One organization that fills this niche for very price-conscious patients is MediBid. Started in 2010 to appeal to self-pay and health savings account patients, MediBid charges fees to both patients and treating physicians. The patient requests a bid. Physicians may then bid to provide that care. If a bidding physician does not feel there is adequate information available, he can request more information or offer a bid for a consultation.
The contract exists between the patient and the physician and can range from a consultation (if the diagnosis is unclear) to specific imaging studies or a complete surgery package, including facility and anesthesia fees. According to MediBid, advantages to physicians include broader access to patients (including international patients) and ready cash flow. For patients, the program offers cost savings and transparency.
An article on MediBid in The Washington Post featured an orthopaedic example—a patient seeking affordable treatment for the “torn ligament in his knee.” In the article, the MediBid founder noted that 120,000 consumers have requested bids and 6,000 doctors or surgery centers have registered to bid on providing services.
However, such services have been criticized over possible concerns about quality and safety. In particular, the use of outpatient centers has been cited as a concern because they are “more lightly regulated than hospitals.”
“Insurance exchange” was the term originally used for the public system of purchasing federally subsidized insurance offered as part of the ACA. However, this system is now known as the “Health Insurance Marketplace.” In some situations, employers can transition employees to purchasing insurance in the Marketplace, but commercial insurance has had a similar product for years, which has been gaining in popularity.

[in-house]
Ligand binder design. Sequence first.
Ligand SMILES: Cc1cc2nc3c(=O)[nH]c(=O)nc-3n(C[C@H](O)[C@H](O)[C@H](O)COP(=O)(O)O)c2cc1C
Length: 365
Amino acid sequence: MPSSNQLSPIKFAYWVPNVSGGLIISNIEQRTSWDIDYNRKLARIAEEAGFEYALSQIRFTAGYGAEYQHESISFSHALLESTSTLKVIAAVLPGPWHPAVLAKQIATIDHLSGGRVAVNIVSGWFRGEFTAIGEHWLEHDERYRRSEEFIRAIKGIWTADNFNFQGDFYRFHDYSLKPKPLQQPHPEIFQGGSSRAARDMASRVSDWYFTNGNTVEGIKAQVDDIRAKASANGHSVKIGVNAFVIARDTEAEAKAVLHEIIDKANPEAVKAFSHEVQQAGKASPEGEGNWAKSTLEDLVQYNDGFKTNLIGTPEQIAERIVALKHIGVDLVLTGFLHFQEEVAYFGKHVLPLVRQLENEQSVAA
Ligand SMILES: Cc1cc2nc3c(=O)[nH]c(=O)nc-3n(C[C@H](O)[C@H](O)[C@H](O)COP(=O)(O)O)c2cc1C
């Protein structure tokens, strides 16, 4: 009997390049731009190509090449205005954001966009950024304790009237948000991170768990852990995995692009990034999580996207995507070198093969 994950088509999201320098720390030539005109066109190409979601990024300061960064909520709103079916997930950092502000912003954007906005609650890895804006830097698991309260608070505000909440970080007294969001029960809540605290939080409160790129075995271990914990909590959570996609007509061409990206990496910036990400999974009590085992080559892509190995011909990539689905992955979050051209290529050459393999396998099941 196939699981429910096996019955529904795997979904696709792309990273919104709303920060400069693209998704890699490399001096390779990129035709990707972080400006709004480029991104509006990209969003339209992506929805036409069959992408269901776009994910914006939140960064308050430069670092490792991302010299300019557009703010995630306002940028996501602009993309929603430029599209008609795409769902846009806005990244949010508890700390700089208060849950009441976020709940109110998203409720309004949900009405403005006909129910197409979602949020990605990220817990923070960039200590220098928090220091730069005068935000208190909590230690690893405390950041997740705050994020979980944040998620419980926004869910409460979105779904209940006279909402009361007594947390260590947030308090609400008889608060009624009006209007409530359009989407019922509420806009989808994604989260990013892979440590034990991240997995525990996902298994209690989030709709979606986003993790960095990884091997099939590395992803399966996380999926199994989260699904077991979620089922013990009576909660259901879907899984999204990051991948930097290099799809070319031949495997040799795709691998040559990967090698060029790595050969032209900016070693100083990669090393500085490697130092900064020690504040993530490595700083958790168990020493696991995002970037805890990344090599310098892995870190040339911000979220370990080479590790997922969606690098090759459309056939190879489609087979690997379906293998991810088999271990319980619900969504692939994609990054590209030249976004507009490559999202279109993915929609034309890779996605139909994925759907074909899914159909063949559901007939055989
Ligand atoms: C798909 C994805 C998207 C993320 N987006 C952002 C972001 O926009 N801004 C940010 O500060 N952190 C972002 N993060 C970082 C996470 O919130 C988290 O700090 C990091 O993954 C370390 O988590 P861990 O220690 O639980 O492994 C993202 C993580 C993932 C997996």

Private exchanges are anticipated to grow rapidly and are part of the trend of shifting costs to consumers. This plan can appeal to employees by offering them greater choices and more control over their personal healthcare benefits.
Private insurance exchanges are frequently offered by large benefit providers, such as Aon-Hewitt, who noted in their 2014 report that one third of employers are considering moving to private exchanges in the next 3 to 5 years. Further, the report notes that nearly 60 percent of surveyed companies consider the model a good way to control long-term costs and transfer risk to the insurance carrier.
The NBGH survey offered a more guarded view of the growth of private exchanges, noting “only 17 percent [of respondents] are confident that exchanges do a better job of engaging employees in better healthcare decision making and only one in 10 believe exchanges will control costs better than their own plans.”
Alexandra E. Page, MD, chairs the AAOS Health Care Systems Committee. She can be reached at firstname.lastname@example.org
Editor’s Note: This is the second article in a series updating recent trends in delivery and payment strategies in the retail healthcare market.
2014 UBA Health Plan Survey